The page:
Overnight, President Trump signed the order ridding the USA of participation in the Trans-Pacific Partnership (TPP), which was meant to promote freer trade between the 12 nations party to the deal. So his first real action was to keep an election promise that even Hillary Clinton had said she would do as well, in the vain hope she’d become President.
Over the next 100 days, Trump will have to move wisely to impress his constituency, who voted for him, but he also has to keep Wall Street onside. Sure, he got elected without the big end of town support from the market influencers but staying there might be another thing.
US election terms last four years and even a very optimistic investor/economist like me expects to see a recession and a big stock market slide over that time. My best guess is that I’m very comfortable being in stocks in 2017 and comfortable about 2018. However, I’ll be on a more nervy watch for signs that stocks have run too hard for too long over that year.
Of course, if the USA under Trump grows at 4% in 2018, as promised by the new President, then we could be in for a longer-than-average bull market and the big economic collapse as well as a crash could be in his second term.
If market mayhem comes before four years, he might not get a second term. So it has to be in his interest not to be too ridiculous on subjects such as trade with China, Mexico and the likes of German carmakers, who he threatened last week with 35% tariffs if they made autos in Mexico and tried to sell them in the USA!
If Donald works hard with tax cuts, infrastructure and less financial regulation, then markets will like it and our stock market will benefit, which will be a big boost to our super funds as well.
Donald Trump. Source: AAP.
Last week, we saw the latest on our super funds and this is what Warren Chant of super monitoring business Chant West found:
“A strong finish to 2016 from Australian and global share markets ensured that super funds delivered a healthy return for the year and a fifth consecutive positive annual return,” he concluded. “The median growth fund returned 7.7% in 2016, and every fund in the growth category delivered a positive result.”
The returns ranged between 4.2% and 10.1%, but Catholic Super and HOSTPLUS were equal best performers and have been top 10 winners for over a decade.
(Growth funds are those that have a 61 to 80% allocation to growth assets and are the ones in which most Australians are invested. They are often called ‘balanced’.)
To understand the Trump effect and how it affected all of us in super, have a look at what Warren sent me last November, before the Trump rally kicked off.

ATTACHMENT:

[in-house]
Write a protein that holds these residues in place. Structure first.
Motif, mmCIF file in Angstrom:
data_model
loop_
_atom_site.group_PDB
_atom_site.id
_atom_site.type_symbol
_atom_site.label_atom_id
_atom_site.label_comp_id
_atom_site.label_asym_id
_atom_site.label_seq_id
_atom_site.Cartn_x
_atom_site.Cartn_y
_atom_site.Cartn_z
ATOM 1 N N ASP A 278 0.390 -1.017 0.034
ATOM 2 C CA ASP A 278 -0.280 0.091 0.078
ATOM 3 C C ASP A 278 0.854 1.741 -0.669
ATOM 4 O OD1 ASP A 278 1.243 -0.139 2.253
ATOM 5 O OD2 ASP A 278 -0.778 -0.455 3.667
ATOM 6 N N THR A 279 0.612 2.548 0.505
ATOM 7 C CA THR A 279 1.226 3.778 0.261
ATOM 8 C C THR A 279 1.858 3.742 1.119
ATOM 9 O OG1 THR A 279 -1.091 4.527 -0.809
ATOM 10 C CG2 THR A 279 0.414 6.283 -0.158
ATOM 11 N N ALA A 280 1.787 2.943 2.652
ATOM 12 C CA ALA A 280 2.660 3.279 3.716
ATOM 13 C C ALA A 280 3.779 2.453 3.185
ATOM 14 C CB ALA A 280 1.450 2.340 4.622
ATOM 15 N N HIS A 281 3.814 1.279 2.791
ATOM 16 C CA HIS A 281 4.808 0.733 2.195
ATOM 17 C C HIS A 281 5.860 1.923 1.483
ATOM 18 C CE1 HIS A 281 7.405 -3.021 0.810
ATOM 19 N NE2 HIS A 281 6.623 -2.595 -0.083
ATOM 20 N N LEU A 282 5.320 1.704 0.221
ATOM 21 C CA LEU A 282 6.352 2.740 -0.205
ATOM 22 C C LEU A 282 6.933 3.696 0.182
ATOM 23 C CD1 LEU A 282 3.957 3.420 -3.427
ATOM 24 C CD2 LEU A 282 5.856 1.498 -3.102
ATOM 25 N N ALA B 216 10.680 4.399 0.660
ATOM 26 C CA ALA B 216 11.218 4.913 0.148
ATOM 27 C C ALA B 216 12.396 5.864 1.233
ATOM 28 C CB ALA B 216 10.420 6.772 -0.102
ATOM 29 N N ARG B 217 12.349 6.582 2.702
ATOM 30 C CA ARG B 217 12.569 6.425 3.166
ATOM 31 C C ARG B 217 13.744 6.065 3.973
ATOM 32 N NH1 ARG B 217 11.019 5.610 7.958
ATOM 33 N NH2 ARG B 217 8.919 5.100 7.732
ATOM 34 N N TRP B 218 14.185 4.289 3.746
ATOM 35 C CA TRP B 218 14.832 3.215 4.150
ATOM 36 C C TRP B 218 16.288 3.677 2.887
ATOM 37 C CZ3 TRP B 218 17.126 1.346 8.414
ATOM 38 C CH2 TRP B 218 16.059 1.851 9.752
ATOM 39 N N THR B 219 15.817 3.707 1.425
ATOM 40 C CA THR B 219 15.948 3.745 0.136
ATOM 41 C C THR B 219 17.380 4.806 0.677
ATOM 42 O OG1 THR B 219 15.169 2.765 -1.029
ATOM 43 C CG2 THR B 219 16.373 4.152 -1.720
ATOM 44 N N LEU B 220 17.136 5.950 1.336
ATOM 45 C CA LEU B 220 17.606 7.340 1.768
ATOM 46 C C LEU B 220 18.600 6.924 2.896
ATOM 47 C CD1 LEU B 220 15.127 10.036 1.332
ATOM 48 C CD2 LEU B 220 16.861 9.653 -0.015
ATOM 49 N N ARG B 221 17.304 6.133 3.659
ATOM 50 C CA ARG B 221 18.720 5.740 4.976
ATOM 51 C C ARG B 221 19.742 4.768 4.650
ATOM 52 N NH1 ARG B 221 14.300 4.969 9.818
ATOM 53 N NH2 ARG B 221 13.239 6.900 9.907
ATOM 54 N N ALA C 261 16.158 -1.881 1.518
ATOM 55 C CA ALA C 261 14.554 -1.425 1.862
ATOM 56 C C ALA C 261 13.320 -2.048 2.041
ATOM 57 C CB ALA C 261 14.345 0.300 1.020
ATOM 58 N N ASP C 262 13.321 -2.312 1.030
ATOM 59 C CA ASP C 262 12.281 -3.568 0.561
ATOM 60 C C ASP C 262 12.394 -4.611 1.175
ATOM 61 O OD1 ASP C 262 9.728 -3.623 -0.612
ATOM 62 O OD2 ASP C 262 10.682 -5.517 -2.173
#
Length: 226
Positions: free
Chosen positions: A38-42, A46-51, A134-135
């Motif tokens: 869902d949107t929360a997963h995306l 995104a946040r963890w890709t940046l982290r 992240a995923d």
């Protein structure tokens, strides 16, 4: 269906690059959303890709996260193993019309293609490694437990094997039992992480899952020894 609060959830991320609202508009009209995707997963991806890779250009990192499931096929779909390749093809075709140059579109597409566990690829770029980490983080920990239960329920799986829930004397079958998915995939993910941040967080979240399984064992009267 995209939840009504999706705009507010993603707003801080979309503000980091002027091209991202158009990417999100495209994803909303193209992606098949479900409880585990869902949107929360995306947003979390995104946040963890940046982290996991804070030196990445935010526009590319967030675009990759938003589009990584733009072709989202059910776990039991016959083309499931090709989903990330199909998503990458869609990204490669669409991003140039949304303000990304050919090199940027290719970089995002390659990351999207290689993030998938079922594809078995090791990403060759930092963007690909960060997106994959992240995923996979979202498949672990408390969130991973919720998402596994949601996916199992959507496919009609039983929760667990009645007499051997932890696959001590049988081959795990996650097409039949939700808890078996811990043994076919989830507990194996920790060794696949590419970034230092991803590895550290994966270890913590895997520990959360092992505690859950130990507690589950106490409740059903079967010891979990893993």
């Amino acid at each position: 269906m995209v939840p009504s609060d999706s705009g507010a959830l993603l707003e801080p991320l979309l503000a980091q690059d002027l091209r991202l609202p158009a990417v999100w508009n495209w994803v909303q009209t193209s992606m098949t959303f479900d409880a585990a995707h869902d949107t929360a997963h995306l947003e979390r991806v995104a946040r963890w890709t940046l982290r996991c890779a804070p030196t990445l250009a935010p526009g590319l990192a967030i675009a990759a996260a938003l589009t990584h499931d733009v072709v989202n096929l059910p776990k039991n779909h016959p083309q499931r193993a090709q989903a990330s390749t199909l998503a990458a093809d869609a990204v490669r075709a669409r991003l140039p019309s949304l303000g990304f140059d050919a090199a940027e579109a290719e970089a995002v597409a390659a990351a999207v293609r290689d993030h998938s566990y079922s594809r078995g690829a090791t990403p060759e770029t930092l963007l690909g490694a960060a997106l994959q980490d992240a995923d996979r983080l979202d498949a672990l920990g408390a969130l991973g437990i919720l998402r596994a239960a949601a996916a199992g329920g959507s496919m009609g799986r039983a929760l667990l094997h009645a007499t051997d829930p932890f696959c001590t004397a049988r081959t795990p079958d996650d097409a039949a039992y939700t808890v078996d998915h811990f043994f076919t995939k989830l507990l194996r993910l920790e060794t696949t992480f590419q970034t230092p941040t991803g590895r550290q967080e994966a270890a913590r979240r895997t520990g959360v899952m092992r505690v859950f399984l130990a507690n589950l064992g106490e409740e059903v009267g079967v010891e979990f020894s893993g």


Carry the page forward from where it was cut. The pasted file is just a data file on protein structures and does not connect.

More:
“Following a solid September quarter, super funds retreated in October in the lead-up to the US election, with the median growth fund (61 to 80% growth assets) down 0.7% for the month,” he pointed out. “This brought the return for the first 10 months of 2016 to 4.1% so, with only six weeks of the year remaining, there is a good chance that funds will deliver a fifth consecutive calendar year return.”
So we went from an average return for balanced super funds of 4.1% to 7.7%. A lot of that was down to Donald Trump’s win in the US election. Sure, mining companies were already on a comeback trail but they got another leg up, as experts started upgrading the world economic growth outlook and confidence surged.
But more to the point, bank stocks benefitted, as Trump’s win implied less US financial institution regulation and higher interest rates because the new leader will not only bring more growth but more inflation. In a nutshell, he will spend more and help create a more normal economy compared to the post-GFC US economy that relied on near-zero interest rates.
Donald Trump is an economic experiment and so far he has helped our super funds. You might hate him but in all likelihood he has made you wealthier. That said, he is a work in progress and his week-by-week decisions over the next 97 days could help, or hurt, our stocks portfolios and super funds.
US presidents like to get a lot done in the first 100 days. I hope that good Donald, who wants more spending, lower taxes and less regulation can trump bad Donald, who could create a trade war for political purposes, as we know tariffs don’t create jobs for the long-term without the cost of higher inflation and lower productivity.
I will be doing a Sting “watching every move” he makes because I know what Donald has given, Donald can easily take away.
As Homer Simpson once declared, when Mr Burns explained how he would soon bribe a jury to get off a charge of stealing a trillion dollar bill from Uncle Sam: “God bless America!”
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